There are strengths and limitations of this review worth noting. Our review has drawn upon robust studies of effectiveness of PtDAs to examine the measurement of major attributes of two core constructs—the quality of the decision-making process and decision quality. Two expert reviewers independently extracted data, with reference to a third reviewer for any disagreements, and with reference to source articles for instruments where necessary. The restriction to measures used in RCTs, however, has resulted in some limitations. First, the review of measurement instruments may have missed instruments that were not used in RCTs in the Cochrane Collaboration review (see, for example, Scholl et al. for a review of measures of SDM)[59]. Second, the RCTs are not designed to provide details about the active ingredients of the interventions and about the contextual factors that might act as barriers or facilitators to use (and, hence, enhance external validity and generalizability). One way of addressing this issue is through linked qualitative methods, including process evaluation, the value of which is increasingly recognized [19, 60, 61]. Another limitation is that we used the descriptions of the measures reported in the publications, and it was not always possible to ascertain what was included in the full instrument or details on the psychometric properties. Further studies to examine the quality of the instruments used would be helpful.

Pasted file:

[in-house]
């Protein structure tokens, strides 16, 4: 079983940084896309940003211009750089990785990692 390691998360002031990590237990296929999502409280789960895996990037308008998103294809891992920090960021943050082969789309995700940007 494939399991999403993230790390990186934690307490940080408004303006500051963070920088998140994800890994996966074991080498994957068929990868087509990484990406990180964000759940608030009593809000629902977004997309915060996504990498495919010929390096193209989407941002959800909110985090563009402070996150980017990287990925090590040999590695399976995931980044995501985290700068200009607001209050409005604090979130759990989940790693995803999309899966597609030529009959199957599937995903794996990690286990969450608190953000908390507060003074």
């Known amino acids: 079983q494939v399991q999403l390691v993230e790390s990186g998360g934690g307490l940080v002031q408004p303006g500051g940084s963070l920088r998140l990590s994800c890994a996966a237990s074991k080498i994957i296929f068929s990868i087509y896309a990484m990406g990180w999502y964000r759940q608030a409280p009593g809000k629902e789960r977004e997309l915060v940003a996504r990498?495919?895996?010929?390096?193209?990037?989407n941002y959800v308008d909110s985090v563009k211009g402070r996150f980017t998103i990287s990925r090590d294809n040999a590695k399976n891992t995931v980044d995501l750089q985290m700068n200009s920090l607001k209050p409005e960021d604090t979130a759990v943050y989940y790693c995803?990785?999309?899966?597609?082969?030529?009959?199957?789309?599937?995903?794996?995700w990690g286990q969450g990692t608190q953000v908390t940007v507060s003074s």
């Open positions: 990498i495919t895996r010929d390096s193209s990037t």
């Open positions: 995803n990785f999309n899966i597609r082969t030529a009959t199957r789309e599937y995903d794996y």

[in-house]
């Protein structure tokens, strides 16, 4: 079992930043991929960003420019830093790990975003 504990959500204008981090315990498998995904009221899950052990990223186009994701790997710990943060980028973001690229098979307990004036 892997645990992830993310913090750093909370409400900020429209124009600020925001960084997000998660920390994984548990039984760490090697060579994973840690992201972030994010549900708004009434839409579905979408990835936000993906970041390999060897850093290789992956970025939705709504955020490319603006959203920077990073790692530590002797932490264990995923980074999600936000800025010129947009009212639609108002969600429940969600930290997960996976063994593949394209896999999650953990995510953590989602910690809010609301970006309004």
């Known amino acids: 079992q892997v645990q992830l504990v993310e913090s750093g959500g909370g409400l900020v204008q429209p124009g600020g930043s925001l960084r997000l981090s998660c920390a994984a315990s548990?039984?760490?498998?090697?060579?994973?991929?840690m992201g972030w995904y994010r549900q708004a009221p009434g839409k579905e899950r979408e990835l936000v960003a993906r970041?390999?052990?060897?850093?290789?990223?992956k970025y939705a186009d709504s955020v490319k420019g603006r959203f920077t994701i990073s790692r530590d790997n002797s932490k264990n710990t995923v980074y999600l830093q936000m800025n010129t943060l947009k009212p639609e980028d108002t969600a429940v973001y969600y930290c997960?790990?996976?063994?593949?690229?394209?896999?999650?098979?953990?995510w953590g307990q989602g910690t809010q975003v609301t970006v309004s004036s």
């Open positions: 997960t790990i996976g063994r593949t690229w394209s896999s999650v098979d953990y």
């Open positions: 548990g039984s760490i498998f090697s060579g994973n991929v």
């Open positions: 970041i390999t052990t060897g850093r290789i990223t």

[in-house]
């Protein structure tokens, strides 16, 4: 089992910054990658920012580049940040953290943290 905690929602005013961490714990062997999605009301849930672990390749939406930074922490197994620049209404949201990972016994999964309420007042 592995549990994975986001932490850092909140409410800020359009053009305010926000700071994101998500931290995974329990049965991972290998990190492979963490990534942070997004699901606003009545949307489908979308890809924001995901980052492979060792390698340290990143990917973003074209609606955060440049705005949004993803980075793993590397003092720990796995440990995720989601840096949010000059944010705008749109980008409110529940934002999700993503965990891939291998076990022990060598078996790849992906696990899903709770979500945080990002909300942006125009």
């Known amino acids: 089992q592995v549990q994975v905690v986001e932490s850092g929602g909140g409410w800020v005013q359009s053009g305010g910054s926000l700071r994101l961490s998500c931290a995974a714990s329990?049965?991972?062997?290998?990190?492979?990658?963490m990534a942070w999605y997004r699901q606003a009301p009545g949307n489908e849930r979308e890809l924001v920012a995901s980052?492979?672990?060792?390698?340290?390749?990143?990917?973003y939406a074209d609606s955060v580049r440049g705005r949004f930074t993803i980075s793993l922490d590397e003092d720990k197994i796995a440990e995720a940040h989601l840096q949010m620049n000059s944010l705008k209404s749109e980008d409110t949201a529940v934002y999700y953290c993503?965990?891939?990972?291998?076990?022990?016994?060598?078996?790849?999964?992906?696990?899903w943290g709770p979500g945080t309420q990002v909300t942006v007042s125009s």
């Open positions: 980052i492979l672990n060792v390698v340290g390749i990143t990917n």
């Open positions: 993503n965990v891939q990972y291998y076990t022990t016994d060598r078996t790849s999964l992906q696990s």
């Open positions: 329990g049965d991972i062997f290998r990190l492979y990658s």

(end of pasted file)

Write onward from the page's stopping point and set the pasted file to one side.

The preparation of this paper has been fruitful, in that it has confirmed evidence to support current IPDAS criteria for evaluating the effect of decision aids on the decision-making process and decision quality, and it has identified a number of questions that remain to be answered. Several questions emerged in our discussions, which we have summarized below as high-priority overarching questions for future research.

How and when should the impact of PtDAs on the decision-making process and decision quality be measured?

Our review of the evidence found considerable variability in the constructs/attributes covered in trials of PtDAs and in the measurement instruments used. Our discussions noted the absence of an agreed-upon minimal set of “best” standardized, validated measures of the decision-making process and decision quality. There were gaps in the measurement of some attributes, which suggests a need for the development of new measurement instruments. Whether it is possible to have one instrument that could cover all the core decision making process attributes is not clear, but would be desirable. It will be important for this work to be done not only with reference to the core attributes, but also with careful consideration of the psychometric properties of measures devised to gauge those attributes. As researchers seek to develop new measures or strengthen existing ones, careful attention to strong clinical and psychometric properties is important [62].